The 2017 NFL Draft will feature a number of talented tight ends. While two of them stand out among the rest, there will be a number of players teams could take a chance on in the later rounds that could become key contributors.
Here are the top five tight ends in the 2017 NFL Draft entering this week’s (Feb. 28-March 6) Scouting Combine in Indianapolis:
1. David Njoku, Miami
During his two seasons with the Hurricanes, Njoku flew under the radar party because Miami didn’t get a lot of national attention. But Njoku has not gone unnoticed by scouts and draft analysts, which is why he’s not only considered the best tight end prospect, but some view him as one of the best players in this draft period.
Last season, Njoku caught 43 passes for 698 yards and eight touchdowns. An excellent athlete, the Hurricanes used him not only as a tight end, but also as a slot receiver on the outside. A former New Jersey high school high jump champion, Njoku uses this athleticism to go up and get the football at its highest point.
Njoku has the size (6-4, 245) of an NFL tight end as well as the strength. Not only was he able to run away from defenders after making the catch, he also ran over his share. His hands are a little bit of a concern, as he struggled with drops. He also needs to improve in pass protection, but that’s nothing unusual when it comes to collegiate tight ends making the jump.
In the vast lineage of Miami tight ends, Njoku could be the next great from The U. He is still new to the position, but Njoku could turn into the next Greg Olson in the NFL.
2. O.J. Howard, Alabama
Howard is the most talented and gifted tight end in 2017. Many will point to his lack of production at Alabama as a negative, but that was more or less because of the type of offense that the Crimson Tide runs.
Last season, Howard caught 45 passes for 595 yards and three touchdowns in 14 games. In 2015, he had 38 receptions for 602 yards and two scores.
At 6-foot-6, 249 pounds, Howard is physically imposing and has the look of an NFL tight end. A large man, Howard still possesses good speed, which is something that should appeal to many teams.
A smooth pass catcher who is able to adjust after the ball has been thrown; Howard also is ahead of the curve as a blocker, which helps make him a well-rounded prospect.
Teams will probably ask Howard why he wasn’t more of a difference-maker while at Alabama, and he will need to get a little stronger and develop a more physical mind set at the line of scrimmage.
There’s no mistaking that Howards oozes potential and although he’s more polished than some of his peers, he’s not a finished product. With the right coaching, Howard can potentially become a Pro Bowl tight end for years to come.
3. Evan Engram, Ole Miss
Ole Miss’ disappointing 5-7 showing last season should not detract from the impact that Engram had on the field. One of the most athletic tight ends in the nation, Engram earned All-SEC and All-American honors after recording 65 receptions for 926 yards and eight touchdowns.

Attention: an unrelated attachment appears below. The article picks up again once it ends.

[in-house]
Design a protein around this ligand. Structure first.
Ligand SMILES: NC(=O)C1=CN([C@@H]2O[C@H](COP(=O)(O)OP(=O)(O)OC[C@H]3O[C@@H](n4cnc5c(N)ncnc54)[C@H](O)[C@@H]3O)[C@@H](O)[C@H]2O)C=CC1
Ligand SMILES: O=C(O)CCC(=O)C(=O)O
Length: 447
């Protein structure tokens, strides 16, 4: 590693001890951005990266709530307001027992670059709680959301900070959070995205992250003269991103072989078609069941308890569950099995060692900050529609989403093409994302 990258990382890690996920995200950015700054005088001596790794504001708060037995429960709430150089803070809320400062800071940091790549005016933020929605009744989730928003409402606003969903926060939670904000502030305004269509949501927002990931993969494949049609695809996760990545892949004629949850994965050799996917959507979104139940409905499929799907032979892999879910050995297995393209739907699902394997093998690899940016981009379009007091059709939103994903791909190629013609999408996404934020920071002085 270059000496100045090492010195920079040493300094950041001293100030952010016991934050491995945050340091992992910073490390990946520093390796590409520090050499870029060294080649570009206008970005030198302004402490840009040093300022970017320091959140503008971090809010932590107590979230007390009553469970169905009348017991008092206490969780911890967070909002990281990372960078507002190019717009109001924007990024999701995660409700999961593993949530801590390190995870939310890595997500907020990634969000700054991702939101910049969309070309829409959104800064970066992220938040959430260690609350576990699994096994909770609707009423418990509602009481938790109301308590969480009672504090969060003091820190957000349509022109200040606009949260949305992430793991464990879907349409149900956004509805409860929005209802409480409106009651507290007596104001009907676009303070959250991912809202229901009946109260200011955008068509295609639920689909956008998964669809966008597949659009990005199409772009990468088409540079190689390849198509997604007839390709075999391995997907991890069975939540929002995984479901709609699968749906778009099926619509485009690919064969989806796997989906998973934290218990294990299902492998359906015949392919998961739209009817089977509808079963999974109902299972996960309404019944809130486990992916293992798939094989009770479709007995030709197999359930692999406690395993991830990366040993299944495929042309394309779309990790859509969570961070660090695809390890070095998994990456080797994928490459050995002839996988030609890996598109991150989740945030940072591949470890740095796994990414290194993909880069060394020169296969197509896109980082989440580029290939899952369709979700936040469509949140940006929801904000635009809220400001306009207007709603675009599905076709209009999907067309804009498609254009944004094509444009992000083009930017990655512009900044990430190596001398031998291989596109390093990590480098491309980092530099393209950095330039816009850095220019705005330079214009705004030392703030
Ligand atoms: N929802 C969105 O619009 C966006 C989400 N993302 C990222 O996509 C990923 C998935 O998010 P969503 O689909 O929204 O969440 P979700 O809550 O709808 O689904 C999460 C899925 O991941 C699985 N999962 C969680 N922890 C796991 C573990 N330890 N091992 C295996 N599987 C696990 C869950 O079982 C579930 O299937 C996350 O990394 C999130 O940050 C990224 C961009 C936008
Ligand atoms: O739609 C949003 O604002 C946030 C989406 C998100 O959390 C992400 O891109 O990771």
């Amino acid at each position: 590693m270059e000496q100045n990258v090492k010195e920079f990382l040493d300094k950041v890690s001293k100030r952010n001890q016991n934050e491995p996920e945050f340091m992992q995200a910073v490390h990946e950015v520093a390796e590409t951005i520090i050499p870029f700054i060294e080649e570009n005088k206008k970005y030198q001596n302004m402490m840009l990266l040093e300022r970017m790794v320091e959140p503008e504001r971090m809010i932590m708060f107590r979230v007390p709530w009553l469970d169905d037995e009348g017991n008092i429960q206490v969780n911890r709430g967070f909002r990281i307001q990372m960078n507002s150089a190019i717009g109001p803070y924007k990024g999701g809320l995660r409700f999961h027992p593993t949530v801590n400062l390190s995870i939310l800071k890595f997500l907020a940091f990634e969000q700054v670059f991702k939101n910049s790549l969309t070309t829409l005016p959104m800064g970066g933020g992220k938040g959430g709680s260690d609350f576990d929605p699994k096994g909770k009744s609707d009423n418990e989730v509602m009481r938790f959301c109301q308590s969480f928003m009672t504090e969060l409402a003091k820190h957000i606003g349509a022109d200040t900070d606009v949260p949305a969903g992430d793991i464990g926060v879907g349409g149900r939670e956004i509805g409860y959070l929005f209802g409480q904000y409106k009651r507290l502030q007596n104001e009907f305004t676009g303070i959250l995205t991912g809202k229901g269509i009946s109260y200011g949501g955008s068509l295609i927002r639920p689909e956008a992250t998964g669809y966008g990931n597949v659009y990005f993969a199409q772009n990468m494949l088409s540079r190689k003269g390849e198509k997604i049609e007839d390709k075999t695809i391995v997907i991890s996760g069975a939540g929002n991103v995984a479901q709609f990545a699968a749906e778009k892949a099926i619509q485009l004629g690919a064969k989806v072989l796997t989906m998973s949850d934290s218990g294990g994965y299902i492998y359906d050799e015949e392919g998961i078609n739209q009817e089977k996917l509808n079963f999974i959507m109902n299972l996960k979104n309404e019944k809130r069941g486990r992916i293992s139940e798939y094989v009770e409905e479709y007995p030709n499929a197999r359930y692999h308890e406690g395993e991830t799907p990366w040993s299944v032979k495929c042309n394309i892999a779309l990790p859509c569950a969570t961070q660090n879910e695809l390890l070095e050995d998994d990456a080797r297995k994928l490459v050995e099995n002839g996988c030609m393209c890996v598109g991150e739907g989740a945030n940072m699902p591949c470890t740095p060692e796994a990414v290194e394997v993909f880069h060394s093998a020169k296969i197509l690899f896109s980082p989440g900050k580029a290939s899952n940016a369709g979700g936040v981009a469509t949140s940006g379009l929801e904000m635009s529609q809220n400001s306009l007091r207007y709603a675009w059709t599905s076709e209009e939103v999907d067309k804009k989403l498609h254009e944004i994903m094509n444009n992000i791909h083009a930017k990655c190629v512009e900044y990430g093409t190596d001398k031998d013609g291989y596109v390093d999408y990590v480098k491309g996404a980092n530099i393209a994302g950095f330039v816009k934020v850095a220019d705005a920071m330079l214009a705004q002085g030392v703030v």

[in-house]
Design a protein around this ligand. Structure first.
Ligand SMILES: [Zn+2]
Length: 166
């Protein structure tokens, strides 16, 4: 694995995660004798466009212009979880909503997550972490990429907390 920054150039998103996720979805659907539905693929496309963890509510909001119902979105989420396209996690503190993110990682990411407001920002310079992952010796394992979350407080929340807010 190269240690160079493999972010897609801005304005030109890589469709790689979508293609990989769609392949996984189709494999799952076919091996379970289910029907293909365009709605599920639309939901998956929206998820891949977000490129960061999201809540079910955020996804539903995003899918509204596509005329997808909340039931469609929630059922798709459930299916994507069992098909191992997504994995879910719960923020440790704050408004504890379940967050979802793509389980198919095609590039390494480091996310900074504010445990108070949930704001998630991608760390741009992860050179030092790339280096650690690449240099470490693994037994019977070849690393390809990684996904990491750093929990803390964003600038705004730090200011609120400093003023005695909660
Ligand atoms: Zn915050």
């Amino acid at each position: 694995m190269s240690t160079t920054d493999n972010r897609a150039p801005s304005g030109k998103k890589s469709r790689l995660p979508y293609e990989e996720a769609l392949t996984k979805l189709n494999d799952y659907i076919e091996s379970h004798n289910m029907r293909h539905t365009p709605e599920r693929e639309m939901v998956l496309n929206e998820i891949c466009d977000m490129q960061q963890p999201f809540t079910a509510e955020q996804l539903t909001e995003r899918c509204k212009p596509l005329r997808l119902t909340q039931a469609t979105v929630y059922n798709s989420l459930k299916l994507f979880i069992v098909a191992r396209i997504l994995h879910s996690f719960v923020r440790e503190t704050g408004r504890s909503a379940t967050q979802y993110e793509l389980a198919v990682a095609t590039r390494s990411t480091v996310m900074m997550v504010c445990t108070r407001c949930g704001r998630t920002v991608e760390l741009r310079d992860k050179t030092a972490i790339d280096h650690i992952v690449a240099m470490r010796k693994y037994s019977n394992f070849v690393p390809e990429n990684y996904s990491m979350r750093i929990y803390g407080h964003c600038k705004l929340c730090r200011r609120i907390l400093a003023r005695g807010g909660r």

With Engram’s speed, he can run away from most linebackers, forcing teams to try and cover him with a nickel back instead. A matchup problem because of his combination of size (6-3, 236) and speed, Engram was a legitimate vertical threat for the Rebels.
He did have some issues with drops at time and wasn’t known for his blocking prowess. He may not have prototypical tight end size, but his athleticism and pass-catching abilities give him the potential to be a big-play threat in the right offensive system.
4. Bucky Hodges, Virginia Tech
A towering presence (6-7, 245), Hodges looks more like a tall wide receiver rather than a tight end. Relatively new to the tight end position, Hodges was very productive in his three seasons with the Hokies.
Last season, Hodges caught 48 passes for 691 yards and seven touchdowns. With his height and athletic ability, Hodges has the ability to go get the football wherever it’s thrown. He also played quarterback in high school, which has helped Hodges understand and dissect coverages.
Hodges has played tight end only three seasons, so he still has a lot of room for improvement. His hands are less than ideal as he was prone to making catches against his body. He also doesn’t possess breakaway speed.
While still raw, Hodges could be a good value selection as early as the second or third round, as he has the tools to be a long-time starter in the league for years to come.
5. Jeremy Sprinkle, Arkansas
Sprinkle did not end his collegiate career on a positive note. Before the Belk Bowl, he was cited for shoplifting from a Belk store and was subsequently suspended for the game against Virginia Tech. Sprinkle will have to answer plenty of questions about this incident when teams sit down and talk to him in Indianapolis.
That aside, Sprinkle has good size (6-5, 256) as he caught 33 passes for 380 yards and four touchdowns last season for the Razorbacks.
Early indications are Sprinkle could be an every-down right end, as he is a sure blocker while also serving as a big target across the middle. He uses his size and length to his advantage to catch the ball over defenders.
His route running could use some work, but he should be able to contribute to an NFL team right away. Hopefully, the poor choice he made in late December won’t impact his NFL future too much.
Other tight ends to watch: Jake Butt, Michigan; Michael Roberts, Toledo; Jordan Leggett, Clemson, Jonnu Smith, FIU; Gerald Everett, South Alabama